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Sunday, October 15, 2006

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Happy, Campers?

We are just back from a prematurely terminated camping weekend. I am disappointed we are home a day early. Considering it takes nearly a full day just to pack and unpack, an overnight expedition is hardly worth the effort. But I am not all that surprised things didn't go according to plan. The portents were ominous from the start, such as the flock of vultures who took up residence in the tree above our site as we were raising the tent and remained there with an indiscreet air of expectation for the duration of our stay. Then it began to rain first thing this morning, and didn't let up until the exact moment the bumper of our fully loaded minivan crossed the campground exit gate. Between those parenthesized dramatic devices, I was in overdrive as camp counsellor, cook, housekeeper and activities coordinator, trying to make it all work. The buzzards no doubt smelled my desperation from the get-go.

The process of roping my husband into accompanying me on a camping trip is the story of an unstoppable force meeting an immovable object. Patrick is a self-described "beta male". By his own admission, he is perfectly content to let the alphas ride off to the battle, or hunt, or live sporting event, while he stays behind to hold down the fort and--ostensibly--to comfort the women and children. While he is in many ways a guy's guy (meat and potatoes palate, an unhealthy obsession with college football, and a near-sexual excitement over power tools), outdoorsy he is not.

(Here we see the beta male father, smoking a cigarette and directing our eager alphling in the fetching of firewood.)

I, on the other hand, love to camp. I love everything about it. The list-making (3X5 index cards do for me what the idea of a tablesaw/planer does for my husband). The site-surveying. The menu-planning. The precision-loading of the van, like life-size Tetris. I love setting up camp, making the beds, unfolding the chairs, hoisting the tarp. From the time the back door of the van opens, I am six years old and playing house, or fort. It is, as many things are with me, a Big Production (See my packing list, a few months back).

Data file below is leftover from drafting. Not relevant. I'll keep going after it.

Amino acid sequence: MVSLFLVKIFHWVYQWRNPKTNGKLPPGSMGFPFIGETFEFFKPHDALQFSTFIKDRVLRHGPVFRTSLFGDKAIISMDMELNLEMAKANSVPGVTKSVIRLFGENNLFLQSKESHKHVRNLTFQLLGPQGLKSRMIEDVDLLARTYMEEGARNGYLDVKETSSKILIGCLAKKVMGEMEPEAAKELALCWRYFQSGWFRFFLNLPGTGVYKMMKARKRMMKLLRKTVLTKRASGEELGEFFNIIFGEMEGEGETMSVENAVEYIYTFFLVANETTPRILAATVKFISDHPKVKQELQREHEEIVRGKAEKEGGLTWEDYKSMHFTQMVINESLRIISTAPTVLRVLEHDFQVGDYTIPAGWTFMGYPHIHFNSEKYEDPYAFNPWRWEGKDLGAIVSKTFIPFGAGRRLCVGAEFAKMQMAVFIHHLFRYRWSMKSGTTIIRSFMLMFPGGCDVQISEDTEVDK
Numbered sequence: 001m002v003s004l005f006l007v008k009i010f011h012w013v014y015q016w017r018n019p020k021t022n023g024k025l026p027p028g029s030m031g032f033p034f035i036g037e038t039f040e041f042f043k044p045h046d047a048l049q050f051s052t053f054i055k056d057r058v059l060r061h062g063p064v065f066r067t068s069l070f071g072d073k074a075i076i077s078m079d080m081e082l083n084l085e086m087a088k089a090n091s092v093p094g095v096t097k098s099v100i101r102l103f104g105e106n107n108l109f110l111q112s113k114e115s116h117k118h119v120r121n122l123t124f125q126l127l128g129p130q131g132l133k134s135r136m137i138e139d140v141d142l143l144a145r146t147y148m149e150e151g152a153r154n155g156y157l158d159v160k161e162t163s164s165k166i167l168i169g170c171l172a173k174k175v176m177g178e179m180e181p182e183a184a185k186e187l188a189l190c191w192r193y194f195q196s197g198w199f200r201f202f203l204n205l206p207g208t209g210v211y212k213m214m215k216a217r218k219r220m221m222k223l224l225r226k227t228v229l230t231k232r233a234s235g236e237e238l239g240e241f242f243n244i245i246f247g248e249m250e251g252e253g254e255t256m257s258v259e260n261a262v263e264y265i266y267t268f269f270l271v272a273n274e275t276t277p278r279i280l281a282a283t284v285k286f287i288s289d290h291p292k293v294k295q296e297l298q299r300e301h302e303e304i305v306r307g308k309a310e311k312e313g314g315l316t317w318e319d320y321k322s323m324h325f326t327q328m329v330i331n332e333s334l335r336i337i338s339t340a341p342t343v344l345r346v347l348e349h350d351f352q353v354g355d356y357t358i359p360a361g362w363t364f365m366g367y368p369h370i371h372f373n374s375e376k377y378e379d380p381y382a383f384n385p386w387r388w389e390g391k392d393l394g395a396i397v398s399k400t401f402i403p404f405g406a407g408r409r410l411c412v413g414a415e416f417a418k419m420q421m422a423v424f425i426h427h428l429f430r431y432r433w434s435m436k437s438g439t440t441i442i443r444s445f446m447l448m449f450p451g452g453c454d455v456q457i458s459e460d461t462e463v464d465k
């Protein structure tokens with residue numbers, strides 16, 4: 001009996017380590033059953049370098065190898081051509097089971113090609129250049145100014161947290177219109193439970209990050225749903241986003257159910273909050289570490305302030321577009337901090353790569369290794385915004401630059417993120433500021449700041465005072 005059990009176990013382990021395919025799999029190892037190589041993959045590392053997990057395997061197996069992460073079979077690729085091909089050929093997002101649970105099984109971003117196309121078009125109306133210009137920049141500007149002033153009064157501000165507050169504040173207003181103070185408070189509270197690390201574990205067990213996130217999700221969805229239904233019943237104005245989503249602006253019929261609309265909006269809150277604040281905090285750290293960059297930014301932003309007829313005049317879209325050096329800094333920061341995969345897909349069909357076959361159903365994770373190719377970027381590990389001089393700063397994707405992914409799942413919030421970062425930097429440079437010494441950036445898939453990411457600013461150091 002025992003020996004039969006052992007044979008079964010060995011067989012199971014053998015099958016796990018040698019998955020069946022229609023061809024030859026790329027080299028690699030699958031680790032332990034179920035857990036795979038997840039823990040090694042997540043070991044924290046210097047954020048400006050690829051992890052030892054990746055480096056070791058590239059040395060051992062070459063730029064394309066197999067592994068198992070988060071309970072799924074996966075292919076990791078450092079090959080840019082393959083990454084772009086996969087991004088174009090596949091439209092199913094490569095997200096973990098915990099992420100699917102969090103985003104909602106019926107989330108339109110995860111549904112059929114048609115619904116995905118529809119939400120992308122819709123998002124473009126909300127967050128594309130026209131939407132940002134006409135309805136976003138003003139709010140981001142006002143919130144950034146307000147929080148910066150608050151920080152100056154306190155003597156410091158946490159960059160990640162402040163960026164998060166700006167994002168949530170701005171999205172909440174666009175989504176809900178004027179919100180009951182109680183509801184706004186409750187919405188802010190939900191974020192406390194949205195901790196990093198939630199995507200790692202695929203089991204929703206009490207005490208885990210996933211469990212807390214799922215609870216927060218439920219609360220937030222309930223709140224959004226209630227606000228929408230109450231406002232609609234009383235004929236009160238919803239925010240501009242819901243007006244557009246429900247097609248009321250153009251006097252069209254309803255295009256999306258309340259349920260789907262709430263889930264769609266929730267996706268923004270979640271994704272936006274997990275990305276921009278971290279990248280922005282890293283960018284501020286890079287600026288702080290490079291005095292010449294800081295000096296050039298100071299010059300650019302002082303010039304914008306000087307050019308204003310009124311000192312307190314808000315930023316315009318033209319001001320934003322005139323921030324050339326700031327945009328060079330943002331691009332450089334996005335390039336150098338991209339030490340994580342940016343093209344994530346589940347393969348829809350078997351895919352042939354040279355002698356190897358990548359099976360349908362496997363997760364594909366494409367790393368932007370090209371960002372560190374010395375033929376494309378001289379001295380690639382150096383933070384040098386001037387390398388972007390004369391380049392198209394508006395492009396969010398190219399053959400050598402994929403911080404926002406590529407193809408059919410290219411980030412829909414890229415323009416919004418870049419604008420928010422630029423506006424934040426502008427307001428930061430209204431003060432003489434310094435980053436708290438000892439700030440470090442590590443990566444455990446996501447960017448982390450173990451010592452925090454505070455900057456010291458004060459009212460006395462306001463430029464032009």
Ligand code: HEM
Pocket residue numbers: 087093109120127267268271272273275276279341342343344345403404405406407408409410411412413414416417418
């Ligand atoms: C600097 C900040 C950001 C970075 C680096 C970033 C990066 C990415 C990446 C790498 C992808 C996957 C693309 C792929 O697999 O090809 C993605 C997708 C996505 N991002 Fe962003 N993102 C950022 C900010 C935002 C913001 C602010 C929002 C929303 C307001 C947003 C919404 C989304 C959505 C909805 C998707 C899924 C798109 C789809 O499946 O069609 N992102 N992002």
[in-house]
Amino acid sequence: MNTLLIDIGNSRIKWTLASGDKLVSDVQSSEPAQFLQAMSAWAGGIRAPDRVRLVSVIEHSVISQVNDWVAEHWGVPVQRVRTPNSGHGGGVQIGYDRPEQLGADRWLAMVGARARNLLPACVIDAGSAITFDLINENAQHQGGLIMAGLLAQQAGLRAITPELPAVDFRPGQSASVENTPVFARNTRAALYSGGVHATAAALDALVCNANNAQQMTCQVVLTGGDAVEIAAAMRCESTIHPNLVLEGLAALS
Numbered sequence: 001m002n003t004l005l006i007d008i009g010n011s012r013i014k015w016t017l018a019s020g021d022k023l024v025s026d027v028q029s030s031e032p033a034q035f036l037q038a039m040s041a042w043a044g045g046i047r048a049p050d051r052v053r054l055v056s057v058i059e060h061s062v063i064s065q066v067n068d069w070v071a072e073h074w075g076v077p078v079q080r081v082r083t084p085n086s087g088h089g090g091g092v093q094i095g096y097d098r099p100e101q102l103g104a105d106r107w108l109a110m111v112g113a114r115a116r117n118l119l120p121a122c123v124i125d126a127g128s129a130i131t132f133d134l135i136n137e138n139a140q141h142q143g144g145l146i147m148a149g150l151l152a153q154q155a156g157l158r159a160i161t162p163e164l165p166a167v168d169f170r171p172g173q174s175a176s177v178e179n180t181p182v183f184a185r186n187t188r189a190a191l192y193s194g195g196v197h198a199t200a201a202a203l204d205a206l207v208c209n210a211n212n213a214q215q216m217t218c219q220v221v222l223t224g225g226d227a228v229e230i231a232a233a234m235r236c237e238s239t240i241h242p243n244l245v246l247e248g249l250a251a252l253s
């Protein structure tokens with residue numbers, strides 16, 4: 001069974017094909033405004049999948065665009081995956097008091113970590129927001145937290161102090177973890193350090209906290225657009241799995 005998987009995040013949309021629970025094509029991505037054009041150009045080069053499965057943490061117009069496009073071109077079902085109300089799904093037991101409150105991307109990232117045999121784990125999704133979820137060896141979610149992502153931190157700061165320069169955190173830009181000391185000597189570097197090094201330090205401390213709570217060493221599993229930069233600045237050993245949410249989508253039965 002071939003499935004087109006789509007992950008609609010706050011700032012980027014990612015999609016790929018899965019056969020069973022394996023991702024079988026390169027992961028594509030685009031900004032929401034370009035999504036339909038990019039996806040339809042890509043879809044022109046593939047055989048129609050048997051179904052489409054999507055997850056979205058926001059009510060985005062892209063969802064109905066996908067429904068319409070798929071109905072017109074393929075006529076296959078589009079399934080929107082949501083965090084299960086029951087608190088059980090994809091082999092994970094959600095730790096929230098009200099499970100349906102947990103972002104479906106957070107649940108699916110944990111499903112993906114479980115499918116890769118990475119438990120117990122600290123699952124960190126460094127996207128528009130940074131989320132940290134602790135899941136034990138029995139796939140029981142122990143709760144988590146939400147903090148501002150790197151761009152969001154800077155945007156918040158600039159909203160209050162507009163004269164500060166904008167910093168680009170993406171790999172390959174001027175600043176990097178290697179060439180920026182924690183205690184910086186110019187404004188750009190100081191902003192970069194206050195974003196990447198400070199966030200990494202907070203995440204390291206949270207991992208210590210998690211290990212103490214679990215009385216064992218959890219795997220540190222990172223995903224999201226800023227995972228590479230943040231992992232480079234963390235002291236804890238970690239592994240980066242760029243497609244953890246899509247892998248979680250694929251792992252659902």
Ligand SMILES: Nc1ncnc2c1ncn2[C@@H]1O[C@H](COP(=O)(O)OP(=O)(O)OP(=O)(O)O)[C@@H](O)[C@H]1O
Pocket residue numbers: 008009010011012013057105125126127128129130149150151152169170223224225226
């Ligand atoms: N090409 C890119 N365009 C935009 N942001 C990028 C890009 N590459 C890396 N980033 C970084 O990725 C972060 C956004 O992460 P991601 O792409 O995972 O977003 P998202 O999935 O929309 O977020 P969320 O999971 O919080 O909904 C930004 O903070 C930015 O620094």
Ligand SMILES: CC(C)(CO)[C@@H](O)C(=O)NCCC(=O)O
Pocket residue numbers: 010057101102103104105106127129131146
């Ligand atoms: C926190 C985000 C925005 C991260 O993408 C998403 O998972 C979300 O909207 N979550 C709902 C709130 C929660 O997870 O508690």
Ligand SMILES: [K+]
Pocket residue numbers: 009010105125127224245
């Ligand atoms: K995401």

(And here we have a partial view of the campsite in all its tarpaulined splendor. Note the string of Halloween lights, my little nod to the season.)

Patrick is exhausted at first sight of the index cards. This man, who started his freelance business on a wing and a prayer a year ago and has so far kept the lights on and the kids in Land's End by the by the sweat of his brow. This man, who once spent the better part of a month on Greyhounds and chicken buses between Mexico and Newfoundland, during the worst nor'easter of the last century, just to try and save my life from me. This hard-working, undauntable, manly man would sooner eat dirt than sleep on it, under the stars, with me, his hard-won bride. Replace "stars" with rainclouds and vultures, and we cross over from "willing sacrifice" to "dark night of the soul" territory. It's a wonder I didn't find myself on a chicken bus this morning. With a note pinned to my rain poncho.

Bless him, he was a good sport, even with a full bladder and the baby kicking him repeatedly in the kidneys (and by "good sport," I mean, I do not think money needs to be set aside for extra therapy time for the children once they are old enough to seek it out. Not over this trip anyway).

I did have one trump in my hand, and that was the whiff of trout. No, I am not speaking euphemistically. I mean actual trout. I chose a campground that borders a world-famous trout river, so he was able to give his new birthday suit and rubbers a whirl. Okay, that was euphemistic. I mean the hip-waders and boots I gave him. He didn't catch much, but he looked darned spiffy. And sort of alpha.

I'd bite.



Filed under: domestic, marriage, goodtimes
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6 Comments:

Blogger bluebird of paradise said...

sounds like fun. after watching a tv documentary on the asian carp taking over the waterways in the south, pat should have caught something. he sure looks the part........
mom

5:22 AM  
Blogger K. said...

those racist bastards at CBC. there's room in our waterways for everybody.

7:54 AM  
Anonymous Anonymous said...

the bivvy comment goes here, see Birds of paradise to get the full deal.

9:24 AM  
Anonymous Tracy said...

Like life size tetris, I love that, good description. Been there myself, only I have to do it with the trunk of a '92 Buick. Come to think of it, I might actually have more room to work with than you do.

6:28 PM  
Blogger Patrick said...

Yeah, but what is everyone saying about ME?

1:34 PM  
Blogger becca said...

Alpha, beta, whatever - Patrick looks fabulous as an outdoorsy-camping-fishing kind of guy here! Although for a minute there I thought we were going to see a picture of him fishing in his "birthday suit!"

8:47 AM  

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